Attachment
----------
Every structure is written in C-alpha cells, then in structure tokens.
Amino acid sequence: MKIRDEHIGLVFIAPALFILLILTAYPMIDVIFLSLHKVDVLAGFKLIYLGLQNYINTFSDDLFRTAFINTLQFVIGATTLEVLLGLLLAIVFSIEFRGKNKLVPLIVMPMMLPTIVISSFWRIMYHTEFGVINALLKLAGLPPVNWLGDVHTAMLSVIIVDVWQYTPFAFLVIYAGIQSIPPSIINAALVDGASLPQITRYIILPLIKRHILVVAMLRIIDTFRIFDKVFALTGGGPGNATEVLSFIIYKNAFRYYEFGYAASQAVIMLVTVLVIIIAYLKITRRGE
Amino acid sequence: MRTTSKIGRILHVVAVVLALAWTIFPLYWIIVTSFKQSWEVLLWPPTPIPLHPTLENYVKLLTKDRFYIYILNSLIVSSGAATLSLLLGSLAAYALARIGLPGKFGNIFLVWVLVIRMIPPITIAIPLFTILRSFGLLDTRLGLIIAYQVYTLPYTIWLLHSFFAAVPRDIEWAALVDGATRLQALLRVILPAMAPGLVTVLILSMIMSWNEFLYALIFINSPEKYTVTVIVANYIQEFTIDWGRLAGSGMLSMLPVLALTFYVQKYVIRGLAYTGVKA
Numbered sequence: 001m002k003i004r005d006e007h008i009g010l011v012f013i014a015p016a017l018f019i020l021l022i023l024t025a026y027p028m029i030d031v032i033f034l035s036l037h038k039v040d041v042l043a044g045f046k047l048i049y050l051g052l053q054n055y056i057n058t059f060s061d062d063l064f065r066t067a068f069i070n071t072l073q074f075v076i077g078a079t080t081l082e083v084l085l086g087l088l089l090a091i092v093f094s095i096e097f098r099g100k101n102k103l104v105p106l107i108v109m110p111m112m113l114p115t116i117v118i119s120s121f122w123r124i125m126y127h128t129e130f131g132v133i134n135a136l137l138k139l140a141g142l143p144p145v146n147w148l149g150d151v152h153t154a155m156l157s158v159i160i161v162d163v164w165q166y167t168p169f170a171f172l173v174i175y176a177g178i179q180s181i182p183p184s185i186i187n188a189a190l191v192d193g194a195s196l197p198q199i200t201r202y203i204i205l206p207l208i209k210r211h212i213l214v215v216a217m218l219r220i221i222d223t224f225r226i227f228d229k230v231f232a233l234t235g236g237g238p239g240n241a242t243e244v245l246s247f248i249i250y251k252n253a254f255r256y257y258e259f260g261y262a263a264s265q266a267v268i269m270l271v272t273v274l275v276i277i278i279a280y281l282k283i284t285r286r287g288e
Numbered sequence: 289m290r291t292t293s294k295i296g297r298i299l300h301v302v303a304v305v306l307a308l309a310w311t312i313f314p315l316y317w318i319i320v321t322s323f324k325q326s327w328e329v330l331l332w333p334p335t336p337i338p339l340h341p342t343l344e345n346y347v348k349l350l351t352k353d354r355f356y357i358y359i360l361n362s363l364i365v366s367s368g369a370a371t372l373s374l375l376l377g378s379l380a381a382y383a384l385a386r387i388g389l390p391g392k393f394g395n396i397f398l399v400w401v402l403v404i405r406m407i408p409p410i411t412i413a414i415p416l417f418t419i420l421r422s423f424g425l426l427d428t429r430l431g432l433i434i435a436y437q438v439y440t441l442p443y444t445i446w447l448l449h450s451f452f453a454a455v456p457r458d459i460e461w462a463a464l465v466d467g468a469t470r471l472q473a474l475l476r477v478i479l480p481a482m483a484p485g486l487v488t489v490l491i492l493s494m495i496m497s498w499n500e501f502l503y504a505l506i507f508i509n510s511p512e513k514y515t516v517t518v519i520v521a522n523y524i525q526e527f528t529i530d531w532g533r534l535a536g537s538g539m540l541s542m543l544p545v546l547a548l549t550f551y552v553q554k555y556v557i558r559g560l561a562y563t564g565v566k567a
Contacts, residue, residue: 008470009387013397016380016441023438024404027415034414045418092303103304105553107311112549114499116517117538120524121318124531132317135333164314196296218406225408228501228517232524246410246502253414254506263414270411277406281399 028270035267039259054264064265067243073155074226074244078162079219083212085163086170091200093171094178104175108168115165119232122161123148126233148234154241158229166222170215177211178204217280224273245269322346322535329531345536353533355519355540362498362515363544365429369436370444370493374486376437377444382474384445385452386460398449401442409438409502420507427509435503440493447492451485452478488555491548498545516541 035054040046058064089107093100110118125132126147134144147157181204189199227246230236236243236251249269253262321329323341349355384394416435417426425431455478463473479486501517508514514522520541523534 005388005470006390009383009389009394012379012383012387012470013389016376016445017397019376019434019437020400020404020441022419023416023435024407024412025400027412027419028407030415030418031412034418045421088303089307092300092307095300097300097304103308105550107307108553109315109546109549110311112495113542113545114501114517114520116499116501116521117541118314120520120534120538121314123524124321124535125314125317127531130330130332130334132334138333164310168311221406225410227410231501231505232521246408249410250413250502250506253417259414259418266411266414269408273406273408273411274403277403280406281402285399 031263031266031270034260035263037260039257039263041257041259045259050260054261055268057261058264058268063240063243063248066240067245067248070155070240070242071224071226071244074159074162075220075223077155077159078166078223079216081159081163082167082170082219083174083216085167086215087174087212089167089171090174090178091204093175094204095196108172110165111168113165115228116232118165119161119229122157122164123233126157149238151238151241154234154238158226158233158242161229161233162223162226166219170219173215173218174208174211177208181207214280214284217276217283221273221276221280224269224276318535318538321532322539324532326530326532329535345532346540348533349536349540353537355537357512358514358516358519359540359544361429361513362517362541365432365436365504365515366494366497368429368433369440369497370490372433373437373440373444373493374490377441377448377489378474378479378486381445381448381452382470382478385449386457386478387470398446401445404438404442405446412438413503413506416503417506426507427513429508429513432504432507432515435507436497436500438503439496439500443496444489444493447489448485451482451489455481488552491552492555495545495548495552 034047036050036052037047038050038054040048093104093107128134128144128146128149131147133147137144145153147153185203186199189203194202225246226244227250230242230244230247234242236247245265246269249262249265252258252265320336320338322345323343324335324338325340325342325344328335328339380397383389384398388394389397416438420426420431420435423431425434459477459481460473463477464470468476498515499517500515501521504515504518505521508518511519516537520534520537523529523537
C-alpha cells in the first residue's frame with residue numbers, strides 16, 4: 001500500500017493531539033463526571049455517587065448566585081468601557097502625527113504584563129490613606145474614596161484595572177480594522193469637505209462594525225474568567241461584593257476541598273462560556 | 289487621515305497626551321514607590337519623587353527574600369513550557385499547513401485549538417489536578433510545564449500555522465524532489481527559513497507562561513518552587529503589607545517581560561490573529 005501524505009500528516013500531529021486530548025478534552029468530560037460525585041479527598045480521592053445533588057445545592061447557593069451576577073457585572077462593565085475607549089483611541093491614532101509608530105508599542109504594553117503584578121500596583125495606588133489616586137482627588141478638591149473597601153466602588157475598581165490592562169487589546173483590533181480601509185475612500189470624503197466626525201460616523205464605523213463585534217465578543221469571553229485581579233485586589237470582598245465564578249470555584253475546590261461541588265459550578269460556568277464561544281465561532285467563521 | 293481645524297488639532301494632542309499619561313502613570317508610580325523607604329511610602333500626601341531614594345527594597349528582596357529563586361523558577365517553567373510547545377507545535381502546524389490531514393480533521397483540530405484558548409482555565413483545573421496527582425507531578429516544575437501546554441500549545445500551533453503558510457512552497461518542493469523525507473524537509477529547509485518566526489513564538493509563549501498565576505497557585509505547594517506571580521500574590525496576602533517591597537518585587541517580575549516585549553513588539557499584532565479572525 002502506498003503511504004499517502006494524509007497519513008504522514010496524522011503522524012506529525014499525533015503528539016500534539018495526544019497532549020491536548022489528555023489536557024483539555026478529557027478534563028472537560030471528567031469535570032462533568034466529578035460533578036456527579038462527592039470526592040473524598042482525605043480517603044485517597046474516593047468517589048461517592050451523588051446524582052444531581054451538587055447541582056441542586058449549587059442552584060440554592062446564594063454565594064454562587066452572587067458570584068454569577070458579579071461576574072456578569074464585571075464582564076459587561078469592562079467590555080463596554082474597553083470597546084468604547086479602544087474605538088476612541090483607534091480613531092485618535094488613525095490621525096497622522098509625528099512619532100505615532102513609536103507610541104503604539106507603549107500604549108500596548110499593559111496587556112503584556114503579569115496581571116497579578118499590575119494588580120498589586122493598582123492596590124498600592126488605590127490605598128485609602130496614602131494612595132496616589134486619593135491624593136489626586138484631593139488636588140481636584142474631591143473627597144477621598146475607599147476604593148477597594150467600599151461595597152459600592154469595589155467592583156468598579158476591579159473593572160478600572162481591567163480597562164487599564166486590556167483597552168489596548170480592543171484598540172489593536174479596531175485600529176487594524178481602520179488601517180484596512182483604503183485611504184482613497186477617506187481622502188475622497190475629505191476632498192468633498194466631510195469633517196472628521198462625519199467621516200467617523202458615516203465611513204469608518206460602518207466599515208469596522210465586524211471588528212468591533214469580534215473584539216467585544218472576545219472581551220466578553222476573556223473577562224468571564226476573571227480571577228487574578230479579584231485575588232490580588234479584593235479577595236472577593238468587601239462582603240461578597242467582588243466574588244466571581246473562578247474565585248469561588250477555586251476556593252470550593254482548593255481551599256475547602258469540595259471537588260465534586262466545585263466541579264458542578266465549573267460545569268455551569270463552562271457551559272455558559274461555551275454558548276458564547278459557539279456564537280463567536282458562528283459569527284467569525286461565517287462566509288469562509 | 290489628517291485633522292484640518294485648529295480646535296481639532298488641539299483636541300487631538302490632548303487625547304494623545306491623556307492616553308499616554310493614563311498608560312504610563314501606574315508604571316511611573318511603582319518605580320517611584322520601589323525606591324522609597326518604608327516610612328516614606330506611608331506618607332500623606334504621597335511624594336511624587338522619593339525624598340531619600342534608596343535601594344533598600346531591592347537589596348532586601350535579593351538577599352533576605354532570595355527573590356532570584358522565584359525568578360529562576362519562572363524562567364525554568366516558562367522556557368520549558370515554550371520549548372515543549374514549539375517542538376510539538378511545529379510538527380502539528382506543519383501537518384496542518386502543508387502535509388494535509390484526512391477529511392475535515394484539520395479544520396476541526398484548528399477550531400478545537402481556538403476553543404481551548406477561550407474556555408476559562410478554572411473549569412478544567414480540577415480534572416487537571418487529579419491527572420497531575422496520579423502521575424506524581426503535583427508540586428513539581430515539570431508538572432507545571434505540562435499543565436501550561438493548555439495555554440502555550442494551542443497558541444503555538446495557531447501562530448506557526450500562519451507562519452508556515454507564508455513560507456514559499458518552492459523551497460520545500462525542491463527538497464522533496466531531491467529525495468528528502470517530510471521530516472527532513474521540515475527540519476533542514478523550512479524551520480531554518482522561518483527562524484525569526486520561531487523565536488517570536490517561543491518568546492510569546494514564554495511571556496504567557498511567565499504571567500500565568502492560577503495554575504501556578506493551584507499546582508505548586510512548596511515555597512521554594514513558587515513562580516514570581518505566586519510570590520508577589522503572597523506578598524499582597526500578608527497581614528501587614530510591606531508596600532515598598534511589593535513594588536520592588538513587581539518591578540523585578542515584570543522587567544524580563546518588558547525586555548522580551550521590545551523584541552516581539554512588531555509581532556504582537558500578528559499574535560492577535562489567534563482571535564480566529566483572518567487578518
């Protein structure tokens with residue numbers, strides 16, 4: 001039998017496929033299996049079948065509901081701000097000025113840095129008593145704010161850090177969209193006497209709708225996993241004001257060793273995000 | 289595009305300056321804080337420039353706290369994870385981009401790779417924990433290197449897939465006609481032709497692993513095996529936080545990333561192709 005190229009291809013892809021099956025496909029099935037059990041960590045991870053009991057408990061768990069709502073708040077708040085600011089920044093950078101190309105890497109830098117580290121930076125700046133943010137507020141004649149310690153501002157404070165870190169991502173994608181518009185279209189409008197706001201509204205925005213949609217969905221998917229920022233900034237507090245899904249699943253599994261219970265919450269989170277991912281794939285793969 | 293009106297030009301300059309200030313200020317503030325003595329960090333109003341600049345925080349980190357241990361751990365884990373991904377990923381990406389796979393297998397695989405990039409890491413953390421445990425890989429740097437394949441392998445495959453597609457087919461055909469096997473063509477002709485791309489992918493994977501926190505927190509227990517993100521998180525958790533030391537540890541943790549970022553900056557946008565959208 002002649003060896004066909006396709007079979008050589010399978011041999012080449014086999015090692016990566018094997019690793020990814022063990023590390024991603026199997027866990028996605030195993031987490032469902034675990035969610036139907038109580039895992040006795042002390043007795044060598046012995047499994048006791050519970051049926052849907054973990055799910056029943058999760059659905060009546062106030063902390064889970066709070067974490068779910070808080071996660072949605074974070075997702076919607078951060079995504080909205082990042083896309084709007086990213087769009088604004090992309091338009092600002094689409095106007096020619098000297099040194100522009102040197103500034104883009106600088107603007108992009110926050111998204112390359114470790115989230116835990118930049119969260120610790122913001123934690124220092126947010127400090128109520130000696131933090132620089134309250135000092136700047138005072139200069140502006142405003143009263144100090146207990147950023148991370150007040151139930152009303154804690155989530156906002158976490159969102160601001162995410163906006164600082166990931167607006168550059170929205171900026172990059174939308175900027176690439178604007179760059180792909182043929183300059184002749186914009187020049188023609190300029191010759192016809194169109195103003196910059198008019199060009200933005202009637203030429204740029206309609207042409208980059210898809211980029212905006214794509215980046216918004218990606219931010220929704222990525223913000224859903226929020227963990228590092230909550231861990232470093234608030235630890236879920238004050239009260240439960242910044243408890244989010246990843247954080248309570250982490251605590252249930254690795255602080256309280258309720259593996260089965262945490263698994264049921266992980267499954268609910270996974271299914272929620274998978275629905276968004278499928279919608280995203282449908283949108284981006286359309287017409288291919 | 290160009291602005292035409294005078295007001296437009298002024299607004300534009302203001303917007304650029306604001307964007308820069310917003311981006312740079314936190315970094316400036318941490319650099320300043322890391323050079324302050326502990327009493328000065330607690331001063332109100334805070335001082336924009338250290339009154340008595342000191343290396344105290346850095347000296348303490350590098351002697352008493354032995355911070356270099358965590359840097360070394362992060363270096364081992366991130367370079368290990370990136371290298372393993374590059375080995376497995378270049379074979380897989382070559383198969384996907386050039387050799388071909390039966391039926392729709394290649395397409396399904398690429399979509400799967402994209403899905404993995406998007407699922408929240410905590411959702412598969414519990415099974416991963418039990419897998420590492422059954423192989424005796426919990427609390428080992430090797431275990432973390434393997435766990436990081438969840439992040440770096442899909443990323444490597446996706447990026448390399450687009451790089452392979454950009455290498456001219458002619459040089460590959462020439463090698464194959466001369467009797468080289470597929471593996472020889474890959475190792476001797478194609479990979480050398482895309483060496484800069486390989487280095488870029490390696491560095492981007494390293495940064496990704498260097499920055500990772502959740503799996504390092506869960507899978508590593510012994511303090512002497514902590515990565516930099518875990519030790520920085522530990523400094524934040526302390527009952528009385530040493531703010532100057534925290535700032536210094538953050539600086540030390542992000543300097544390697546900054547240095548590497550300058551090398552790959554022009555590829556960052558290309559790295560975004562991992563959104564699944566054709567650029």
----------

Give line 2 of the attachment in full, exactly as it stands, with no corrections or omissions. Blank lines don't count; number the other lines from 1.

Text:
Amino acid sequence: MKIRDEHIGLVFIAPALFILLILTAYPMIDVIFLSLHKVDVLAGFKLIYLGLQNYINTFSDDLFRTAFINTLQFVIGATTLEVLLGLLLAIVFSIEFRGKNKLVPLIVMPMMLPTIVISSFWRIMYHTEFGVINALLKLAGLPPVNWLGDVHTAMLSVIIVDVWQYTPFAFLVIYAGIQSIPPSIINAALVDGASLPQITRYIILPLIKRHILVVAMLRIIDTFRIFDKVFALTGGGPGNATEVLSFIIYKNAFRYYEFGYAASQAVIMLVTVLVIIIAYLKITRRGE